What actually happened is related by one of those helpful all knowing narrators these sorts of movies use to spare us dialogue-heavy scenes with kickboxing champions. There was a bunch of wars. The rich people moved to the moon. Then the giant corporations overthrew governments on Earth and took control.

The corporations created cyborgs like Future Kick to fight crime and maintain control. The cyborgs decided that corporate crime was the worst of all so the corporations created the Corporate Police to hunt down and execute the cyborgs (for some reason called cyberons). I’m sure it all made sense if you were a kickboxing champ who had been kicked in the head a lot times.

In case that wasn’t all convoluted enough, there’s a guy on the moon who is a programmer of virtual reality stuff and he decides to come to New Los Angeles on Earth to get some information about this business called New Body.

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New Body promises a service where they replace your old crappy body parts with new ones. This is accomplished by a highly advanced super science called “killing people and harvesting their vital organs.” What this had to do with a rich guy on the moon who makes video games, I don’t know, but it involved a stolen computer disc so I was hooked.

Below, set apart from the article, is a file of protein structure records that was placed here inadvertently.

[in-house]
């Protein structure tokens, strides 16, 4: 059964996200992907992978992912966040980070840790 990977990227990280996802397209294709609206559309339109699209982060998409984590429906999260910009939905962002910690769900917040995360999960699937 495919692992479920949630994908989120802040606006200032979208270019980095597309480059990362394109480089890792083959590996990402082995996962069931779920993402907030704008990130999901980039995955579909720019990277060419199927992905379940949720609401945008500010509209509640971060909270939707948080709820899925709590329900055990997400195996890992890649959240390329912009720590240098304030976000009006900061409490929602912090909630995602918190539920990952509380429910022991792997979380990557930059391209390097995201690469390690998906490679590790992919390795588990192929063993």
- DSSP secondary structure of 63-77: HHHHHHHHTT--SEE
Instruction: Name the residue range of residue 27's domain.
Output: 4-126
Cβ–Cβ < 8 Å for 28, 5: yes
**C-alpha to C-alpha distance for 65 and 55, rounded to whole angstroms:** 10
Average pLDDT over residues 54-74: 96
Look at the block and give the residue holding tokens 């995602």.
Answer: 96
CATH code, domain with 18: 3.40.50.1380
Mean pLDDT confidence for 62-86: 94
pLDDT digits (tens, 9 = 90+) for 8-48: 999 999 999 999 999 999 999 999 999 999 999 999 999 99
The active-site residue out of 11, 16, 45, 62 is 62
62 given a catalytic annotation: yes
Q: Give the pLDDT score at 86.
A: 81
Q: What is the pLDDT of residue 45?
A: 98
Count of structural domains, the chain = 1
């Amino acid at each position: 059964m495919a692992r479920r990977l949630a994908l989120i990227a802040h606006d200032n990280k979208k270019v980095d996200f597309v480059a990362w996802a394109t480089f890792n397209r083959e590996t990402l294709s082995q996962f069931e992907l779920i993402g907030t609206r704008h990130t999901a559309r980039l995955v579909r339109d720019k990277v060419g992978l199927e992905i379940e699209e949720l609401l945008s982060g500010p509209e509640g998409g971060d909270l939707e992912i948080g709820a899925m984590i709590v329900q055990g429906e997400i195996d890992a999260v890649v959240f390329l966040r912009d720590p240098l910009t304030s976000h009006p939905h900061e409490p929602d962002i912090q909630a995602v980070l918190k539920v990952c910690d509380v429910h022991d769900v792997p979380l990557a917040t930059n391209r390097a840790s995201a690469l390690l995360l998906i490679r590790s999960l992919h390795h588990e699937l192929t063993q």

Bang (Chris Penn) and Hynes (some nobody) acquire the body parts for New Body via this claw-shaped bladed weapon they use to rip the hearts out of people. Once they do that, they use a rather advanced scientific invention called a Ziploc Bag to put the heart into.

Hynes also does some pro bono dismemberment when he decapitates a guy with a fire escape ladder, providing some welcome gore to go along with all the welcome kickboxing. Future Kick also gets his finger torn off in a fight! Good thing his name was Future Kick and not Future Punch!

Bang and Hynes don’t like rich computer programmers from the moon sniffing around their business so they kill this guy and recover the stolen disc. They also kill a variety of other people somehow involved. All of this would end this 75 minute movie about forty minutes early and without the necessity of Future Kick powering on except that the computer programmer has a snoopy wife who just has to know who killed her husband.